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I’m never really sure what I should call the zombie action series that began as a hit PlayStation game in 1996. Resident Evil, its internationally used name, is a lot more colorful than Biohazard, its Japanese one, but only the first of the many games takes place primarily in a home. What’s more, the source of the trouble is science run amok, not dark magic, so the “evil” part seems a touch melodramatic.

On the other hand, there are now five films in the franchise, with a sixth on the way, all of which are produced in English and usually come to Japan only after already premiering overseas, so score one point for Resident Evil.

But in the case of its upcoming stage adaptation, set to open in two months, I really think Biohazard is the most appropriate name, because it looks like every single member of the cast is Japanese.

The events of the play, called Biohazard The Stage, take place in Australia. When a bioterrorism incident occurs at Philosophy University, it’s up to the brave members of the Bioterrorism Security Assessment Alliance, including multiple-time Biohazard star Chris Redfield and his teammate Piers Nivans, to save the day. Luckily, they’ve got some local support, as it turns out ex-Special Tactics and Rescue Service medic Rebecca Chambers is now a professor at the school, and ready to lend a hand in handling the zombie-related crisis.

While the stage production’s producers have yet to release any in-costume pictures of the cast, they have announced, through the play’s official Twitter account, who will be taking on the principal roles, such as Chris…

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…who will be played by Seijiro Nakamura.

And of course, there’s no mistaking Ms. Chambers…

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…since actress Rin Asuka is practically the character’s doppelganger.

Meanwhile, the mysterious youth Tyler Howard, who seems to know just a little too much about the sudden zombie outbreak, will be portrayed by Hiroshi Yazaki.

As a matter of fact, all of the actors so far announced are Japanese, while at the same time not a single character is. Other confirmed performers are:

● Wataru Kuriyama as Piers Nivans
● Haruki Kiyama as Barrington Myer
● Atsushi Kimura as Lucas Butler
● Yuji Kishi as Ryan Howard
● Yoshiaki Umegaki as Posh Brown
● [Japanese vocalist] Raychell as Sophie Home
● [Japanese gurabia model] Saya as Olivia Price
● Shimon Okura or Makoto Uenobori [depending on exact day] as Matthew Russel
● Shinichi “Sonny” Chiba as Ezzler Sennet

Granted, it’s become sort of a given that non-Japanese characters will be played by Japanese actors in Japan-produced live-action adaptations of popular anime and video games that have the country as their primary target market. The same thing happened with the live-action versions of Kiki’s Delivery Service and Attack on Titan, after all.

But it seems like it might be a little more jarring in the case of Biohazard. While both the Kiki and Titan anime take place in European-looking cities, neither one explicitly reveals the name of the country where its events are happening, or even if it’s supposed to be part of our world, which makes it a little easier to play with the details when making an adaptation. Moreover, both of those live-action versions establish that they’re set in non-European locations: Japan for Attack on Titan and “a town in Asia where people believe in witches” for Kiki’s Delivery Service, making their all-Japanese casts seem more natural.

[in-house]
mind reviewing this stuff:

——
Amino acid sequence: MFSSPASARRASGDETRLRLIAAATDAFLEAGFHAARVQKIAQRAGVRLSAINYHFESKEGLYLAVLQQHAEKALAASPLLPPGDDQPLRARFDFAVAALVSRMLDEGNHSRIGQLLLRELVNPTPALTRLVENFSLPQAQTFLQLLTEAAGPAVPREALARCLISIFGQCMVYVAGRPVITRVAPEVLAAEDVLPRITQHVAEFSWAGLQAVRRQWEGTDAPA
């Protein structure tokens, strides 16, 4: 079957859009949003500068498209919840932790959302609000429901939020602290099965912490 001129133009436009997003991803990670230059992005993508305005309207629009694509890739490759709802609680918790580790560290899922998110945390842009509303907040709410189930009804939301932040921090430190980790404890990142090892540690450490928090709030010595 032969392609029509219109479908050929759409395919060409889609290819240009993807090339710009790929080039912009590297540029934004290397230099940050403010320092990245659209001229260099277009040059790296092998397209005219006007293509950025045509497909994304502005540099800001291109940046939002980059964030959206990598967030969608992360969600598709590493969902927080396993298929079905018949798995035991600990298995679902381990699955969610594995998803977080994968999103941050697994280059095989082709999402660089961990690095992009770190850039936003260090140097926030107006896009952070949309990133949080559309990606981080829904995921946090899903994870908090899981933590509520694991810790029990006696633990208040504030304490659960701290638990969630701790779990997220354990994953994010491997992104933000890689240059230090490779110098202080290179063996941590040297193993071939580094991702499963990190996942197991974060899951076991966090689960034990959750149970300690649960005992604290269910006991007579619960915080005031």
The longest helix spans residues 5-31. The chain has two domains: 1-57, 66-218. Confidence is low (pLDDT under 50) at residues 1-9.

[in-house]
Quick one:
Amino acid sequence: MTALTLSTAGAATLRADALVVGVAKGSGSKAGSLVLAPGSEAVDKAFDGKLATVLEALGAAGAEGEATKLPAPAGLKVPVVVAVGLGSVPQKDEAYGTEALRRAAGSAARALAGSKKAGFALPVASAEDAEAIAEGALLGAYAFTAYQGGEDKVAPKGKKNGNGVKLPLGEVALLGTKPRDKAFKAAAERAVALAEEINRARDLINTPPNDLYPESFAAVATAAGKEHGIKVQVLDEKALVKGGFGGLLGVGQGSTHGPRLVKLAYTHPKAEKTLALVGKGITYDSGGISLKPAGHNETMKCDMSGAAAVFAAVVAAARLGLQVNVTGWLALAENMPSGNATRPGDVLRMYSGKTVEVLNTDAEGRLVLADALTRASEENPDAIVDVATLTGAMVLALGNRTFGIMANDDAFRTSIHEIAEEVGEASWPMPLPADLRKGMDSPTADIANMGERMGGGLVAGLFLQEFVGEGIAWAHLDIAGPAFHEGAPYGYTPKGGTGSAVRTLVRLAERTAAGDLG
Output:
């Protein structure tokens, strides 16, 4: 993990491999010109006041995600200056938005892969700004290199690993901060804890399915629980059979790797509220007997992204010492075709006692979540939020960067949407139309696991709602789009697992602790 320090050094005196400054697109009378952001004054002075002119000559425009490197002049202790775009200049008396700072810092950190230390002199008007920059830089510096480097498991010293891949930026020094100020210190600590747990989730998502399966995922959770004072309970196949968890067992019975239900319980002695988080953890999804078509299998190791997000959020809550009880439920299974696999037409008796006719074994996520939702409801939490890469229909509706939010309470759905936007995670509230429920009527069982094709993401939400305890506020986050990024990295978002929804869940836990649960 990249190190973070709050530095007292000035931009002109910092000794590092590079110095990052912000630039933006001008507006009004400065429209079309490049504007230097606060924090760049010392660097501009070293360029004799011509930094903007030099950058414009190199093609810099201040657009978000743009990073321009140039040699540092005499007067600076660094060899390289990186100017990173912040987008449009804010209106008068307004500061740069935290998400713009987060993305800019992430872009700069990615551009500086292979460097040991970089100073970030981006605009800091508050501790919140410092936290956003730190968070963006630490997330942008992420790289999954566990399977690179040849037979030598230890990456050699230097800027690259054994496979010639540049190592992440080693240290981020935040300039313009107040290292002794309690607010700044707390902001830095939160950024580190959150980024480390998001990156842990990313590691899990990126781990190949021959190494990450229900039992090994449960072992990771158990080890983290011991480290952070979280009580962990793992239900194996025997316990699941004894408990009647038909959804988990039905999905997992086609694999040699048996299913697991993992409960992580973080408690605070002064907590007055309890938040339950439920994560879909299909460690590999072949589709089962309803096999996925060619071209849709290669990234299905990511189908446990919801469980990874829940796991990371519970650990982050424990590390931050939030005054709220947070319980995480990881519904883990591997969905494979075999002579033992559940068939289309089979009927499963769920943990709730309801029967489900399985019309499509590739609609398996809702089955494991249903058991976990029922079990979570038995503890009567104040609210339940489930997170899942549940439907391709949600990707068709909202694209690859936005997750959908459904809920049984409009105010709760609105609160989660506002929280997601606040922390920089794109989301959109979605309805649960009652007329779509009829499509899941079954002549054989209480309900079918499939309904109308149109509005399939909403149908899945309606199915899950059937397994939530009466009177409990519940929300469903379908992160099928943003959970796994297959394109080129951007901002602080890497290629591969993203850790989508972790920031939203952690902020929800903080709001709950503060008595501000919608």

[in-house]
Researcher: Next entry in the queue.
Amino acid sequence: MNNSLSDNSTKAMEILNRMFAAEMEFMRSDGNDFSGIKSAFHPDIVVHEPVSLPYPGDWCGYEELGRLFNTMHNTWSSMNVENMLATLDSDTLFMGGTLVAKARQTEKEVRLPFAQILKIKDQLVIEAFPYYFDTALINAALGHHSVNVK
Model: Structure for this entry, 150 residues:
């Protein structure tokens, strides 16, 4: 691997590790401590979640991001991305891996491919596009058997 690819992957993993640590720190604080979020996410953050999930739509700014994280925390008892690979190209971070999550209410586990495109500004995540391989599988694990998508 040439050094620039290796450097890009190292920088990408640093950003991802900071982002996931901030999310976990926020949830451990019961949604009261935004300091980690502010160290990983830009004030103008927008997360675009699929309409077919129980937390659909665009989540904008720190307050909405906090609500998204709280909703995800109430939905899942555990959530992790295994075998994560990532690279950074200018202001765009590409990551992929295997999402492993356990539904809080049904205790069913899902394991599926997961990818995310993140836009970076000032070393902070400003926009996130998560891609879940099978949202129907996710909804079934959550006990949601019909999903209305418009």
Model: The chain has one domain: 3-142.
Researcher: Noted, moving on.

Biohazard The Stage doesn’t have either luxury, though. The series regularly lets gamers and viewers know where the action is going on, generally the U.S., Africa, or Western Europe. It seems especially odd that the producers didn’t just go the live-action Attack on Titan route and set the play in Japan, since its story appears to be an original one that was made specifically for the stage production. Perhaps they thought that having some Japanese actors play must-include non-Japanese series icons like Chris, while other Japanese performers stepped into Japanese roles on the same stage, would have seemed even more jumbled and confusing.

And as is always the case in situations like this, there’s no question that it’s easier for director and scriptwriter Jun Yoriko to communicate in his native Japanese, rather than having to work through an interpreter, when speaking with his cast and crew. Plus, though many of Biohazard The Stage’s actors may be, by international standards, big fish in a small pond (excepting the well-known Sonny Chiba), it’s doubtful that the production’s budget is large enough for it to recruit Western talent high enough on the Hollywood food chain to have the local audience-drawing power of its all-Japanese cast.

Biohazard the Stage opens on October 22 and is scheduled to run until November 1 at Tokyo’s Ex Theater Roppongi. Tickets go on sale September 1, starting at 8,900 yen (US$74).

Related: Biohazard The Stage official website, Twitter
Source: Jin
Top image: Biohazard The Stage official website
Insert images: Wikipedia/Theo’s Little Bot, Wikipedia/SNAAAAKE!!